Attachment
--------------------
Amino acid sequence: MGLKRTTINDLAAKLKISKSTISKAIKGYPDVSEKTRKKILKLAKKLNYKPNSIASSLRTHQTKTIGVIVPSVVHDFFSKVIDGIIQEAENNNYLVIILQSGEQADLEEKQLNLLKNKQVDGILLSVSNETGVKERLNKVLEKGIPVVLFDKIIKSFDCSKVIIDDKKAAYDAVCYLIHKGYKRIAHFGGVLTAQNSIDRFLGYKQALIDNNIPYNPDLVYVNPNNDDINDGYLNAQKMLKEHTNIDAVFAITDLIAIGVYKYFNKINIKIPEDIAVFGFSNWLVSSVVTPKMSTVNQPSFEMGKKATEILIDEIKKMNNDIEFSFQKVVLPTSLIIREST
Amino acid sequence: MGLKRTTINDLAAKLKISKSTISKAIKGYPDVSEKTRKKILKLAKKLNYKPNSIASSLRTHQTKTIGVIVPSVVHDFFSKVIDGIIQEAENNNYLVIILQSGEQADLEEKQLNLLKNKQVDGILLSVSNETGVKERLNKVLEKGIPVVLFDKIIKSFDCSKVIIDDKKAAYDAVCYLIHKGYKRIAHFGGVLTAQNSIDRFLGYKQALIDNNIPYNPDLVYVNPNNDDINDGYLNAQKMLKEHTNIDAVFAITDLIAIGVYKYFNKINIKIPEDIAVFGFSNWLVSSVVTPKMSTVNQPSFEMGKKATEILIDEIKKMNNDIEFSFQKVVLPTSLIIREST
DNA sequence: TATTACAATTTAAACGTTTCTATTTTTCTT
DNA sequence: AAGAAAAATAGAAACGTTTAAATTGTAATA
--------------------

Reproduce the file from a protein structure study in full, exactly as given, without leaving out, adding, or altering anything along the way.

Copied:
Amino acid sequence: MGLKRTTINDLAAKLKISKSTISKAIKGYPDVSEKTRKKILKLAKKLNYKPNSIASSLRTHQTKTIGVIVPSVVHDFFSKVIDGIIQEAENNNYLVIILQSGEQADLEEKQLNLLKNKQVDGILLSVSNETGVKERLNKVLEKGIPVVLFDKIIKSFDCSKVIIDDKKAAYDAVCYLIHKGYKRIAHFGGVLTAQNSIDRFLGYKQALIDNNIPYNPDLVYVNPNNDDINDGYLNAQKMLKEHTNIDAVFAITDLIAIGVYKYFNKINIKIPEDIAVFGFSNWLVSSVVTPKMSTVNQPSFEMGKKATEILIDEIKKMNNDIEFSFQKVVLPTSLIIREST
Amino acid sequence: MGLKRTTINDLAAKLKISKSTISKAIKGYPDVSEKTRKKILKLAKKLNYKPNSIASSLRTHQTKTIGVIVPSVVHDFFSKVIDGIIQEAENNNYLVIILQSGEQADLEEKQLNLLKNKQVDGILLSVSNETGVKERLNKVLEKGIPVVLFDKIIKSFDCSKVIIDDKKAAYDAVCYLIHKGYKRIAHFGGVLTAQNSIDRFLGYKQALIDNNIPYNPDLVYVNPNNDDINDGYLNAQKMLKEHTNIDAVFAITDLIAIGVYKYFNKINIKIPEDIAVFGFSNWLVSSVVTPKMSTVNQPSFEMGKKATEILIDEIKKMNNDIEFSFQKVVLPTSLIIREST
DNA sequence: TATTACAATTTAAACGTTTCTATTTTTCTT
DNA sequence: AAGAAAAATAGAAACGTTTAAATTGTAATA